Well, my print article’s latest draft is pretty much screwed as Honduras’s interim government has declared a 45-day state of emergency, suspending civil liberties and eliminating any hope of viable elections anytime soon. I’d criticized the UN for withdrawing support for those elections. It looks like they were totally right, though it might have been better to wait a bit longer. Cato blogger Juan Carlos Hidalgo’s take, identical to my own:
One of the most troubling aspects of the suspension of constitutional guarantees is that they effectively obstruct the development of a clean, free, and transparent election process. Let’s remember that Honduras is holding a presidential election on November 29th, and many regard this electoral process as the best way to solve the country’s political impasse, particularly at an international level.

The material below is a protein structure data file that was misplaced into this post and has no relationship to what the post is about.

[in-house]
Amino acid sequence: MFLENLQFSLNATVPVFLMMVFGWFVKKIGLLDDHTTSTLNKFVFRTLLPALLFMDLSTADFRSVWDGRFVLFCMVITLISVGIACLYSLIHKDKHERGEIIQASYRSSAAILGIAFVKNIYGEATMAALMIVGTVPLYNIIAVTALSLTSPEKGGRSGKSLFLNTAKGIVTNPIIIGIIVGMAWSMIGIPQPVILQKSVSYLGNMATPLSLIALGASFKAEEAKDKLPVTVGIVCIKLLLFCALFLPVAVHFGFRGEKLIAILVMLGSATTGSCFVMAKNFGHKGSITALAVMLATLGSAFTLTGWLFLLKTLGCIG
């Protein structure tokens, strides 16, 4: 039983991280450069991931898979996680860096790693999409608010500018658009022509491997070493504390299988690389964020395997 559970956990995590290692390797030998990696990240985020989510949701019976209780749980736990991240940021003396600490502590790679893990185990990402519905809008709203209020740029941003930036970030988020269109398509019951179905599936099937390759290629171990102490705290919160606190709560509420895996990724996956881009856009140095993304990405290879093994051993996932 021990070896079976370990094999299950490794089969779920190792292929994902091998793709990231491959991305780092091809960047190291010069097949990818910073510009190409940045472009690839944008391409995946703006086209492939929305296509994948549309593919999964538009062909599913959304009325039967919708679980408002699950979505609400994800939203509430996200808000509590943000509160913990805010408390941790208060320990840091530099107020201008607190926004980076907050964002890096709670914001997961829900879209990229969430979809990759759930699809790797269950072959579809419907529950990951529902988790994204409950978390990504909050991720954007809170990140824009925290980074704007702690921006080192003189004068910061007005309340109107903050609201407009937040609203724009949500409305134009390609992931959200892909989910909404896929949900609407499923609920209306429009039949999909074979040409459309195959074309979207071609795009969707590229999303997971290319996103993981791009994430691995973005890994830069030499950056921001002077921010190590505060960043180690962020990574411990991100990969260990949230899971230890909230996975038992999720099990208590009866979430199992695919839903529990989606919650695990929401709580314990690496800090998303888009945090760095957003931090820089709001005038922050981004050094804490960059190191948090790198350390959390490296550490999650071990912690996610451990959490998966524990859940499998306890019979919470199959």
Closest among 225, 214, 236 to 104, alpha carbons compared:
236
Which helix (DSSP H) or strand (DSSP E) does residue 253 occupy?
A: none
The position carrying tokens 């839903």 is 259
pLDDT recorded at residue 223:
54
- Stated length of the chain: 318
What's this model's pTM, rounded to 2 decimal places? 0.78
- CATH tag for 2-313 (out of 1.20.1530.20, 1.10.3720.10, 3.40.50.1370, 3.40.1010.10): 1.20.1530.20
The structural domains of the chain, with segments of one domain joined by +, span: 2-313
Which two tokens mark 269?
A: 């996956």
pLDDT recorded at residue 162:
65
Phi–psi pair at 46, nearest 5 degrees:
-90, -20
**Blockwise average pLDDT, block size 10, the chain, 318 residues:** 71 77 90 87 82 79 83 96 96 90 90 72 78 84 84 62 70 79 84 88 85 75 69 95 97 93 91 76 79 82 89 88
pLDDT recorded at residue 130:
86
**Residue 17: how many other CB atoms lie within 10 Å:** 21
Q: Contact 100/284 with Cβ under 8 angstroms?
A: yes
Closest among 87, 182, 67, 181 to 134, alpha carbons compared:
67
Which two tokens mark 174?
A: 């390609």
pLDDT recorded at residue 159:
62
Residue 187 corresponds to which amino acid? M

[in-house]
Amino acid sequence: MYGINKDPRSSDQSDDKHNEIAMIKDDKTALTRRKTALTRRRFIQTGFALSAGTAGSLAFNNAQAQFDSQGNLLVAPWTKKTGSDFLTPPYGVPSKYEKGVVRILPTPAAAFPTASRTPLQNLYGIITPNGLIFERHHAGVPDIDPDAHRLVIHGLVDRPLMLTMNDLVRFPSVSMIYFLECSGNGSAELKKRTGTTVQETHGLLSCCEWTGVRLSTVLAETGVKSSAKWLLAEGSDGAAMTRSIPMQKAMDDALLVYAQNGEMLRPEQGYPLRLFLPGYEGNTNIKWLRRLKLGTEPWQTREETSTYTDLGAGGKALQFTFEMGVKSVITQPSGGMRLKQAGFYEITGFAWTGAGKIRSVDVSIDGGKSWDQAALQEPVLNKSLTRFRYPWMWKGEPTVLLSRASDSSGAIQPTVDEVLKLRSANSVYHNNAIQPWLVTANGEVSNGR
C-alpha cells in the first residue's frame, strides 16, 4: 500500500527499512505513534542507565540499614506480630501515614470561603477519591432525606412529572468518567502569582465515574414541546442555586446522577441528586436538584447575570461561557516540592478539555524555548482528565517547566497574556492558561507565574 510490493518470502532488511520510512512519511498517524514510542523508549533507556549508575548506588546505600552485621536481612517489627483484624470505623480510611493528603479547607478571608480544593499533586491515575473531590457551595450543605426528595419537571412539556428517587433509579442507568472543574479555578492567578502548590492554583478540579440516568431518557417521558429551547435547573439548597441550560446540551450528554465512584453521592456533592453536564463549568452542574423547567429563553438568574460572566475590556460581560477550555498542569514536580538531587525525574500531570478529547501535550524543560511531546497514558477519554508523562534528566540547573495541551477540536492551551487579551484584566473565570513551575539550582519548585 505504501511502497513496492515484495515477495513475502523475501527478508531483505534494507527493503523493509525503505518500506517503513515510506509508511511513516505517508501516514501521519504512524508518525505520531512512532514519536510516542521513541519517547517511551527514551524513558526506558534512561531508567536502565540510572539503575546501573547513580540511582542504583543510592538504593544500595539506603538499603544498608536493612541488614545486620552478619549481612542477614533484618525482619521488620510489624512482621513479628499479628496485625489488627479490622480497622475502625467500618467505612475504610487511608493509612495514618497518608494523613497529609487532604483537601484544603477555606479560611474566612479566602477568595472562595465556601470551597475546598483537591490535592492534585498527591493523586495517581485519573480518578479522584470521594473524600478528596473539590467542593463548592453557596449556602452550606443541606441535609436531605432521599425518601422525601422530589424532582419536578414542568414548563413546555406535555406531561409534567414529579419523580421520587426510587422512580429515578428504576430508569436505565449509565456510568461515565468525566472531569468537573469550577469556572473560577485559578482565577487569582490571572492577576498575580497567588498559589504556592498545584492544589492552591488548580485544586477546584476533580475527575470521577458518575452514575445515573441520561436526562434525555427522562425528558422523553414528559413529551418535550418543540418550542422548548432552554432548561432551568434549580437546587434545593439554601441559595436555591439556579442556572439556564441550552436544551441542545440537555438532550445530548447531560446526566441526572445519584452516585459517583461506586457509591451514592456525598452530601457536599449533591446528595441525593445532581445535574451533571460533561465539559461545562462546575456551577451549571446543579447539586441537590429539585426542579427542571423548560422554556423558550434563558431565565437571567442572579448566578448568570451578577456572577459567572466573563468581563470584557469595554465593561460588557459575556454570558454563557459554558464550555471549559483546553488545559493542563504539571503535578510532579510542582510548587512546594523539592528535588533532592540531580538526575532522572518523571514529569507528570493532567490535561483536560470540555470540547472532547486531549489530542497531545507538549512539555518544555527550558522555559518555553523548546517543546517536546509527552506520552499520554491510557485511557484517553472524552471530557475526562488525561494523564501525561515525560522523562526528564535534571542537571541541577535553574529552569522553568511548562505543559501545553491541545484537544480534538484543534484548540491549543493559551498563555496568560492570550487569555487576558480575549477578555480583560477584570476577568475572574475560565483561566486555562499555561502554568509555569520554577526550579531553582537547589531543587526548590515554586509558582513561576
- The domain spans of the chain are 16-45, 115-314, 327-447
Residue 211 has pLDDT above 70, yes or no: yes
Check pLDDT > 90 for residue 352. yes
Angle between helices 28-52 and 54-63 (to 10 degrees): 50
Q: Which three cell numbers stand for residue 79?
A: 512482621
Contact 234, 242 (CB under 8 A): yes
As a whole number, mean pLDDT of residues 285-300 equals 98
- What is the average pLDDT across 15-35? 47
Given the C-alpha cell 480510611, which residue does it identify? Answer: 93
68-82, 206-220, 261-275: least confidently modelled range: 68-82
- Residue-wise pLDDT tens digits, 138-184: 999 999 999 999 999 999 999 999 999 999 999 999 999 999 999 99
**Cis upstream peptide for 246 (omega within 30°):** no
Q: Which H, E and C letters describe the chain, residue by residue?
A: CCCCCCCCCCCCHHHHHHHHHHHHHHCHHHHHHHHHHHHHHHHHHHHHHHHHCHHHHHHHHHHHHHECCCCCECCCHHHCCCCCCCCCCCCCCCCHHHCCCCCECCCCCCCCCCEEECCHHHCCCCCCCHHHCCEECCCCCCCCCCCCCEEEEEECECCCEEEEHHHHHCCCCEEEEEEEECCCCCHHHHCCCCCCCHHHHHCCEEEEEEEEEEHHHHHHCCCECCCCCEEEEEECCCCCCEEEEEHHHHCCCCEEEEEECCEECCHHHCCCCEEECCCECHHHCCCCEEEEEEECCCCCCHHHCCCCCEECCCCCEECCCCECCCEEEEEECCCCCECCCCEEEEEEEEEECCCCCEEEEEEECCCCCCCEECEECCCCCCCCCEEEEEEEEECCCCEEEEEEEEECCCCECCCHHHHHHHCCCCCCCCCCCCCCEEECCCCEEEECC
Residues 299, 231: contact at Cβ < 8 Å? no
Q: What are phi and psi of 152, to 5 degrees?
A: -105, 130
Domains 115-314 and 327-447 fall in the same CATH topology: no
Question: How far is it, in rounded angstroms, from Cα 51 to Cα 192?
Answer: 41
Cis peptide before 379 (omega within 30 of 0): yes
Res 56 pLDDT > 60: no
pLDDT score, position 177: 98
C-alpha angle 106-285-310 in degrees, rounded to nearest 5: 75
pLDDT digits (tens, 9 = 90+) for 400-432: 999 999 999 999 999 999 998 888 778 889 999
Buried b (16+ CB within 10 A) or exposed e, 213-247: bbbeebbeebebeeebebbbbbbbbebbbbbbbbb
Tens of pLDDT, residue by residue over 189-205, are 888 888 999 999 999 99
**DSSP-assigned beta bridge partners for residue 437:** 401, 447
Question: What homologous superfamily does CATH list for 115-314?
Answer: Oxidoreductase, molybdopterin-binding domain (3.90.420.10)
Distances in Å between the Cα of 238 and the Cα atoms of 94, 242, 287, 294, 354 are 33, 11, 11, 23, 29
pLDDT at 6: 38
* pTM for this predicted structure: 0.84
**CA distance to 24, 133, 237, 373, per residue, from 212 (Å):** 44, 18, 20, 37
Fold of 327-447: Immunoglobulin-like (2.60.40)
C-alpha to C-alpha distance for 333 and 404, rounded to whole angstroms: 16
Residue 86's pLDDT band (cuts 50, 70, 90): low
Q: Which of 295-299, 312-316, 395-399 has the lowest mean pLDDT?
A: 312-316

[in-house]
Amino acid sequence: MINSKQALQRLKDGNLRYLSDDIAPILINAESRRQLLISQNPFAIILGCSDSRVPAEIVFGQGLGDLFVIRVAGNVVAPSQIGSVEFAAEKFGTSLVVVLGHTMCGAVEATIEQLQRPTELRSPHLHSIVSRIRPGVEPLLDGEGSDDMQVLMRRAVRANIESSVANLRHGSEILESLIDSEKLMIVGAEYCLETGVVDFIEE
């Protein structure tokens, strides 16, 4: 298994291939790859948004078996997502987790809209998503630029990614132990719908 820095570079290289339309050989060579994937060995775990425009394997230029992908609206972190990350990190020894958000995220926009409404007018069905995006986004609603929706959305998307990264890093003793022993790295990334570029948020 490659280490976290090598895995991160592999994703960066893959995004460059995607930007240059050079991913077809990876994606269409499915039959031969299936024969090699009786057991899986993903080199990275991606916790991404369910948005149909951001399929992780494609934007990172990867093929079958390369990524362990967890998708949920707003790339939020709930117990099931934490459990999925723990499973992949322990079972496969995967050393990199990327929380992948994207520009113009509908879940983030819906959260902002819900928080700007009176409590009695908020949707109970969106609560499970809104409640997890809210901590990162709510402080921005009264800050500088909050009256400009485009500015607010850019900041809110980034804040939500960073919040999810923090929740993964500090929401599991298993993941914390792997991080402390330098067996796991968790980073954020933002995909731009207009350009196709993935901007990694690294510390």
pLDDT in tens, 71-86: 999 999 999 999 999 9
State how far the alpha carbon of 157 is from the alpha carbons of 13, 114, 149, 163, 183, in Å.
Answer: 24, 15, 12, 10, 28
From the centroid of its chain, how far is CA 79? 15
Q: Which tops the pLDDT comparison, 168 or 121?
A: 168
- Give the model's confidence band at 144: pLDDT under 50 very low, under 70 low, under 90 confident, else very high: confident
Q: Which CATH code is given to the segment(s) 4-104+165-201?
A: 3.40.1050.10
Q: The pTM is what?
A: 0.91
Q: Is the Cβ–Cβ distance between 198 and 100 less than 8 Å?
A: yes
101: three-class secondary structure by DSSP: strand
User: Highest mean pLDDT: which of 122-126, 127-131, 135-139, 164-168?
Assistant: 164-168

There can’t be a free and transparent presidential election while basic constitutional rights have been suspended. By adopting these self-defeating measures, the interim government of Honduras is lending a hand to Zelaya and his international allies in their effort to disrupt the country’s election process.
I started out in June pretty supportive of the interim government. As I learn more details, the situation appears more ambiguous; and as the controversy drags on, both parties hew frighteningly closer to type. Zelaya’s an egotistical, power-hungry stuntman, and Micheletti et al. don’t know how to govern legitimately in a crisis. Now we’ll be lucky if Honduras doesn’t hold elections this year. With even more luck, it will hold them by October next.